‘Sleepy Hollow’s’ Neil Jackson on Headless Romance and the Horseman’s Humanity

Halloween is still more than a week away, but Fox’s “Sleepy Hollow” isn’t holding back its scares, revealing one of its most chilling monsters to date in its Oct. 20 episode, “Weeping Lady.” As with many of the show’s most potent antagonists, the supernatural specter isn’t just any old ghoul — she has an unexpected connection with Ichabod Crane (Tom Mison), and a history that could endanger anyone close to him, including his partner Abbie (Nicole Beharie). The episode gives viewers plenty of insight into the time-travelling hero’s past, as well as his relationship with his wife Katrina (Katia Winter), who is currently in the hands of the Headless Horseman of Death — aka her former fiance Abraham (Neil Jackson).

Variety spoke with Jackson ahead of Monday’s episode, and the British actor previewed that “Weeping Lady” will give viewers a glimpse of Abraham’s “genuine affections” for Katrina for the first time. “It’s no longer just the evil machinations of the Headless Horseman, we’ve actually got a guy who genuinely cares and loves and is fragile,” he admitted. Read on for more on Abraham’s feelings for Katrina; his uneasy alliance with the Horseman of War, Henry (John Noble), who is also Ichabod and Katrina’s estranged son; and whether there’s any chance of redemption for a Horseman of the Apocalypse. (Light spoilers ahead.)

Abraham obviously has feelings for Katrina, but does he trust her at this point?
He’s not entirely sure. She’s a captive against her will and she’s also a very strong, intelligent, manipulative woman, so he knows that she’s willing to say whatever she thinks she needs to say in order to get what she needs. She’s shown that she’s willing to stay there when she could have escaped, so he trusts her to a degree, but I don’t think that trust is anywhere near complete. And he also knows that’s reciprocal as well, and he needs to show her that she can trust him and that his affection is genuine and his interests are honorable.

Abraham is being forced to work with Henry in service of Moloch, but how does he feel about being faced with this tangible reminder of Ichabod and Katrina’s relationship through their son?
I think it’s pretty difficult. He’s very, very angry at Ichabod. Ichabod is the cause of everything bad that has ever happened in his life. He was never supposed to be a Headless Horseman. He was never destined to be caught by the Hessians. He was destined to be the man that he was, which was a rich, aristocratic man who funded Washington’s efforts, and was a friend to all and had a beautiful fiancee until Ichabod Crane stepped in and had desires on his fiancee and they fought. So he’s just justifiably pretty peeved at Ichabod and that frustration has sat with him for the last 250 years. So to be constantly reminded of the woman he loves’ affections for this man, and this man continually trying to scuff his plans, is a thorn in his side, to say the least.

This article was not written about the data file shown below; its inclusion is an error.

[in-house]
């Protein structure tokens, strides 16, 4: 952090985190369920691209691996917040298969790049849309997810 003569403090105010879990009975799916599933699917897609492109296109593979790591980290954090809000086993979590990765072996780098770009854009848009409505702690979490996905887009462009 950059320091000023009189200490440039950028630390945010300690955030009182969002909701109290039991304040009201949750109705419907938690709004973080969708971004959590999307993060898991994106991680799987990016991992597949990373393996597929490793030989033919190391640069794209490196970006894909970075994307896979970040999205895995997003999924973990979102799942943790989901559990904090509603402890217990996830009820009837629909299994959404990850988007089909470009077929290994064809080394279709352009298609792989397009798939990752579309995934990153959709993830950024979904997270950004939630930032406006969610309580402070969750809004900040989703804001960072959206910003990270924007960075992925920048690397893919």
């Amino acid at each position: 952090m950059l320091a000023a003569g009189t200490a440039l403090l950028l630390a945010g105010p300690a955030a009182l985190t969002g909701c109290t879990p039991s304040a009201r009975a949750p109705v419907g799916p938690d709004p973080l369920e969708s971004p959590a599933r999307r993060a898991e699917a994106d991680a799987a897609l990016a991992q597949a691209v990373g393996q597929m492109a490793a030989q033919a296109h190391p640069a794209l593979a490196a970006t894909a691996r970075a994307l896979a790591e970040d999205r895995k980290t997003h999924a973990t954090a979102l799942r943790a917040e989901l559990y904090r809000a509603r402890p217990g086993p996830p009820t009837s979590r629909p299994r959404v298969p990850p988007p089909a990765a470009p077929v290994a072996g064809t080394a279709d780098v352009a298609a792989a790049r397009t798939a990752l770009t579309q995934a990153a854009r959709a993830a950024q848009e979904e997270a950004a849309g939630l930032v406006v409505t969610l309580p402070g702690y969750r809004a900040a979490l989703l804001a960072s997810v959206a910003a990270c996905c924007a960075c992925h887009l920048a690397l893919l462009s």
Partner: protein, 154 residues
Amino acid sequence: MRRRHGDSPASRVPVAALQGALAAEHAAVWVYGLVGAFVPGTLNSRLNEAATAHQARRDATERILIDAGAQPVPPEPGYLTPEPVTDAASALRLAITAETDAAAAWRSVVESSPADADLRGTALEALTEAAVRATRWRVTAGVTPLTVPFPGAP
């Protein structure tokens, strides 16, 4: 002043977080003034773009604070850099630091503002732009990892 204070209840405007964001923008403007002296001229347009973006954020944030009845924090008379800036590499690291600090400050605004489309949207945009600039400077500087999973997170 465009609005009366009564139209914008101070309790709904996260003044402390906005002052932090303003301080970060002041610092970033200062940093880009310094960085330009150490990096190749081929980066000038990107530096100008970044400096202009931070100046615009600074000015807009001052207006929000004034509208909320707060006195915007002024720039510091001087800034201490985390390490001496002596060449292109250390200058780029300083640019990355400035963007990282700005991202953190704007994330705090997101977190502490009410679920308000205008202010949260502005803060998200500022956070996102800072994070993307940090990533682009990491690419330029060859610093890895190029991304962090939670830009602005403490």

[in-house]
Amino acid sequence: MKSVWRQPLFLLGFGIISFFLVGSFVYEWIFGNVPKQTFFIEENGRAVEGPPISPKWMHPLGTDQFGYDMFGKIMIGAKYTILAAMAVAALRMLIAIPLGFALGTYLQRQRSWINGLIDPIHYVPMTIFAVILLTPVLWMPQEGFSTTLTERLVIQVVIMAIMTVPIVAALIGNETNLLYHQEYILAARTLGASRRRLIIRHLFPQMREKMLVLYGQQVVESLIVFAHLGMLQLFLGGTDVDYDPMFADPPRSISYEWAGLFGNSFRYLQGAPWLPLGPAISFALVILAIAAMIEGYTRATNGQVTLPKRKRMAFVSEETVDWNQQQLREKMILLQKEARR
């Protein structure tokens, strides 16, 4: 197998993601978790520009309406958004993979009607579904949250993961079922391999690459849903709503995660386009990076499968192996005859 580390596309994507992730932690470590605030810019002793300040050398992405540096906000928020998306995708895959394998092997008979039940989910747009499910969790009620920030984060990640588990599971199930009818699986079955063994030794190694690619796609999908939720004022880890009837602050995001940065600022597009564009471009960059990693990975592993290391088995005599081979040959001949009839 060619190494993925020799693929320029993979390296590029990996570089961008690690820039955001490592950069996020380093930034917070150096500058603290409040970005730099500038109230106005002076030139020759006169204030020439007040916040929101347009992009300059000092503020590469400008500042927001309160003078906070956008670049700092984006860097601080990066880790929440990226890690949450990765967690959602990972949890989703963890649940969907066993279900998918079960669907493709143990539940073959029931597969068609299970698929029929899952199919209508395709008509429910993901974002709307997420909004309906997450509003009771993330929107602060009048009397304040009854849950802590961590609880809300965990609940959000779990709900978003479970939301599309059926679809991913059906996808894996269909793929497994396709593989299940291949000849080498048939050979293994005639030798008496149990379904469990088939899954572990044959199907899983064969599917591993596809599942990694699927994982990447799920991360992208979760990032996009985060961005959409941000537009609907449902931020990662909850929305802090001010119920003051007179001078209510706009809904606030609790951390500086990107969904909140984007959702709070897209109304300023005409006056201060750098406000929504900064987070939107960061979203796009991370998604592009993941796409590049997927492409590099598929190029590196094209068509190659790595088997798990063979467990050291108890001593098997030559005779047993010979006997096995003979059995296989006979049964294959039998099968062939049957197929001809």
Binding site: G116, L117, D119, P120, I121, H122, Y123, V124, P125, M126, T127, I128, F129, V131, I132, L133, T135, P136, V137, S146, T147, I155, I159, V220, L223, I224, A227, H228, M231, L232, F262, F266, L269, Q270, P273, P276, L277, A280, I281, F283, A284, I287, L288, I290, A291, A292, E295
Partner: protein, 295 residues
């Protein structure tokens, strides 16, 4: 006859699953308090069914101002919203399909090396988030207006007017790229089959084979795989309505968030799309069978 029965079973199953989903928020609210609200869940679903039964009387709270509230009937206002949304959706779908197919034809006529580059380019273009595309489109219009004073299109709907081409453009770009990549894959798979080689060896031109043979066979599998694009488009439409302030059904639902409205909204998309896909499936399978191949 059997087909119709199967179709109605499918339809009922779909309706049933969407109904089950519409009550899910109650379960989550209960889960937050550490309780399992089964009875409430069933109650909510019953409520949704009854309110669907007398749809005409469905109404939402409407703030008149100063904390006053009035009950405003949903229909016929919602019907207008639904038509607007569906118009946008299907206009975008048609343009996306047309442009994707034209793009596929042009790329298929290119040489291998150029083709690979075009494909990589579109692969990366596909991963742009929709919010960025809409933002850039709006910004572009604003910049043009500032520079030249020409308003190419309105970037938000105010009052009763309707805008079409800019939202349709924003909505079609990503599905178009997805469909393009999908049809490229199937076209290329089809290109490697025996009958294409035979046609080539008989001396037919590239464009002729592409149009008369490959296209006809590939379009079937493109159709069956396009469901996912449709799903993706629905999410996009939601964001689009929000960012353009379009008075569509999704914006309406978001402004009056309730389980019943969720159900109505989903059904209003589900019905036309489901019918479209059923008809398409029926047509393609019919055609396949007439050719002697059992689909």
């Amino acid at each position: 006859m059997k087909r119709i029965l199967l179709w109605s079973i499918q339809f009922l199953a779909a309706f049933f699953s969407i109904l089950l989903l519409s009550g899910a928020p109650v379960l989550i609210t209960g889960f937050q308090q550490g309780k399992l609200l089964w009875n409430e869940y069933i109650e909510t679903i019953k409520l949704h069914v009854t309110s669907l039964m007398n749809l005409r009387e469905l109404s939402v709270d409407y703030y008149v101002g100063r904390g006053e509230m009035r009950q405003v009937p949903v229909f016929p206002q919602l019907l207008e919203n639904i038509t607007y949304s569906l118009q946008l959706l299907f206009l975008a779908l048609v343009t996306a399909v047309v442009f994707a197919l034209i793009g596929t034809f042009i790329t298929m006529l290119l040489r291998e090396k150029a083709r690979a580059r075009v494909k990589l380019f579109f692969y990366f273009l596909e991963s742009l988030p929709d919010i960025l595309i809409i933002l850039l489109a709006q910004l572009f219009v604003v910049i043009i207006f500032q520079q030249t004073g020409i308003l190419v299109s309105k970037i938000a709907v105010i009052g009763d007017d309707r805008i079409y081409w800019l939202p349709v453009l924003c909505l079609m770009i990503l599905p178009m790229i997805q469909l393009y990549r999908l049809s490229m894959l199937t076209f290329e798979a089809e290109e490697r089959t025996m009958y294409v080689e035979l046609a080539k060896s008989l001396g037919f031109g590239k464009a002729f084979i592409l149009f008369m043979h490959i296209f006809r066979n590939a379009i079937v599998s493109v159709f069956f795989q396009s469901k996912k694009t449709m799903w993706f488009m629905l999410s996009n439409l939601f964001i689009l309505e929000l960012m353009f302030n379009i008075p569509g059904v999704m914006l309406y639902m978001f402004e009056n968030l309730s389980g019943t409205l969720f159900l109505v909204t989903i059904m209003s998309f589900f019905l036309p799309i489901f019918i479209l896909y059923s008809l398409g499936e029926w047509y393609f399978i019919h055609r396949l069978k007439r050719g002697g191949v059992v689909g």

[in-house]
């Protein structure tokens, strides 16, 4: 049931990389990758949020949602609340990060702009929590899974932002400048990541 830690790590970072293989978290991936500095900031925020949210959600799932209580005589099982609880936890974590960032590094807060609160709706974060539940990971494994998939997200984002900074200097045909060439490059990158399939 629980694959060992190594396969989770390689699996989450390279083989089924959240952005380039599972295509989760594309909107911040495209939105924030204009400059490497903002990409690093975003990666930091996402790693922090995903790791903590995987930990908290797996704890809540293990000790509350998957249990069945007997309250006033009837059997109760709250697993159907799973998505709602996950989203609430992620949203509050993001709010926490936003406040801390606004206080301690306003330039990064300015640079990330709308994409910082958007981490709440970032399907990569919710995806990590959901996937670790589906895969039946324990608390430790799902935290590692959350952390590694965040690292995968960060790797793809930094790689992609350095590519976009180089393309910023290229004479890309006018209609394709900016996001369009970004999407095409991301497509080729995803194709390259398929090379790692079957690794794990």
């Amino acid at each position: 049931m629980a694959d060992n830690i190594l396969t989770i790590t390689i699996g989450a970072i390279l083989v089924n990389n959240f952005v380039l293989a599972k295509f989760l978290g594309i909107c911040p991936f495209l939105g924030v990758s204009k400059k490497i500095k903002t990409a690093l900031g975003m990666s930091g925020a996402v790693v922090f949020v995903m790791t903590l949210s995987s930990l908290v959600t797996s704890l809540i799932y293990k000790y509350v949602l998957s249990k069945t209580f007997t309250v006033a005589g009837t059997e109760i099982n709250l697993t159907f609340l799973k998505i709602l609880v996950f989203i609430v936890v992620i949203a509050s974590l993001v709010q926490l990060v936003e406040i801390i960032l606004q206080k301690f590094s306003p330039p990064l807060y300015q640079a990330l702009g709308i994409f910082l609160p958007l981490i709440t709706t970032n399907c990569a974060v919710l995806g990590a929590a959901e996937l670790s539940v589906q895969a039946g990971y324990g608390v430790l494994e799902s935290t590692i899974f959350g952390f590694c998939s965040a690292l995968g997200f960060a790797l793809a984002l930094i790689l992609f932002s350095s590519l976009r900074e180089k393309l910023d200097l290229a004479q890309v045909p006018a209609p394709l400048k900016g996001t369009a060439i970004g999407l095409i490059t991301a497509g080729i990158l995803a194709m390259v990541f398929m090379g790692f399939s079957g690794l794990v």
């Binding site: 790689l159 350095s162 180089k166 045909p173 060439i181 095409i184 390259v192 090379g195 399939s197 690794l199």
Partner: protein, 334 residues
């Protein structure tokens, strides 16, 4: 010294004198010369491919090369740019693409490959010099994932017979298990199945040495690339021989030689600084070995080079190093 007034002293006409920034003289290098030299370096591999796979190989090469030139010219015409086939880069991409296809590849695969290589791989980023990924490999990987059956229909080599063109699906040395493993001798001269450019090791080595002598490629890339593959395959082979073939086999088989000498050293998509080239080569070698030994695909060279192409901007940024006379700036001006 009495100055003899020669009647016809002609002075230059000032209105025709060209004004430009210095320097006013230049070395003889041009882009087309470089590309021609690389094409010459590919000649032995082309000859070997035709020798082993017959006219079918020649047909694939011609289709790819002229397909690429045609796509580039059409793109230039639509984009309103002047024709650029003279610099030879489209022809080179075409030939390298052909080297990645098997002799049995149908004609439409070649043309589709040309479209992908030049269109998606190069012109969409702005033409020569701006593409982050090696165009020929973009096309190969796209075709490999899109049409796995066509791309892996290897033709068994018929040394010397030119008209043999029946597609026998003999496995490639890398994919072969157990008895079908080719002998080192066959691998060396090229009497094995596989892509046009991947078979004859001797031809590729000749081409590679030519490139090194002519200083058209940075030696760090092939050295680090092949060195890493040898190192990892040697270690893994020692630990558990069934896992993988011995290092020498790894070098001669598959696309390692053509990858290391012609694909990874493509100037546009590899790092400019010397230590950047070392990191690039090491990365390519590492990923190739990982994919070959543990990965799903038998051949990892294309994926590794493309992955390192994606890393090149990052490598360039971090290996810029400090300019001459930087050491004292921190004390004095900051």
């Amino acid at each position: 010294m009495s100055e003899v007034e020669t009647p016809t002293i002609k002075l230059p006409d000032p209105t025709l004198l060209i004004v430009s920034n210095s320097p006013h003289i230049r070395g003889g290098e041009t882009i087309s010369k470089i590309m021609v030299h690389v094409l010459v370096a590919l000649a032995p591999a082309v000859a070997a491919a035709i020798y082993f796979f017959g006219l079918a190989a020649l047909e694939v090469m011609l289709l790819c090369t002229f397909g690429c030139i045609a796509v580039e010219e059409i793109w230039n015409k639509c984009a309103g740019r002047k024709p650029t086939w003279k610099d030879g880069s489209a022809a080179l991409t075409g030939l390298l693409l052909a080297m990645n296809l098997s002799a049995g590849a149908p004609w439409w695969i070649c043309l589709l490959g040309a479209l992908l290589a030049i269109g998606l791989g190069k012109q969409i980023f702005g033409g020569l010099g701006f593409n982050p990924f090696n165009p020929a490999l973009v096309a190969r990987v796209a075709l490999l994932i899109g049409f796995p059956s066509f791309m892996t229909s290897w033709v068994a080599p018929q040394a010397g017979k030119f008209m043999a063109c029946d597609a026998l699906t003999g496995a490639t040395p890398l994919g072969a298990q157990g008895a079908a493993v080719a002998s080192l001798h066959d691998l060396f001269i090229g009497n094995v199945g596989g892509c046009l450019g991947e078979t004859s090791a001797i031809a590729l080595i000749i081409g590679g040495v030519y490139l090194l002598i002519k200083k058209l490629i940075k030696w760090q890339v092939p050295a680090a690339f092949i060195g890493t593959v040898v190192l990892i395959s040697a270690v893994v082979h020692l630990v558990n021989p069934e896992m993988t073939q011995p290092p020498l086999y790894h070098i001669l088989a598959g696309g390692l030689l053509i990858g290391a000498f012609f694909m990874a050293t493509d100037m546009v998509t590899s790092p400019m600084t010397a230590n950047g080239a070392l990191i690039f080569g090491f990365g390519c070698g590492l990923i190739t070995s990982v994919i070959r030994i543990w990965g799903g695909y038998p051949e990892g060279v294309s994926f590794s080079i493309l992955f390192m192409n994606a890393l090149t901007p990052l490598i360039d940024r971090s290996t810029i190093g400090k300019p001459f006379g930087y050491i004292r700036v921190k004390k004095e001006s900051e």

Ichabod and Katrina have been separated for a long time, so it’s natural that cracks might start to form in their relationship — especially if she’s stuck with Abraham for too much longer. Is Abraham hoping to be able to exploit some of those weaknesses? Does he think he can bring Katrina over to his side given enough time?
I believe that’s his plan very, very much. I mean, when you break it down and try to look at it logically, he’s a dude without a head, so how much of a relationship can they actually have? But when we throw it into the world of how Abraham is thinking, I think that he thinks it’s kind of Stockholm syndrome. If he shows her enough affection and shows her that he’s honorable and that he’s genuine and that he’s not going to force himself on her — he wants her to come to a decision through her own volition… If he showers her with gifts, and if he constantly gives her that affection — affection that she’s not getting from the man that she’s married to — he hopes that over the course of time she will, very Beauty and the Beast-like, slowly fall for the Beast and have some sort of affection, or sympathy, from which love might grow.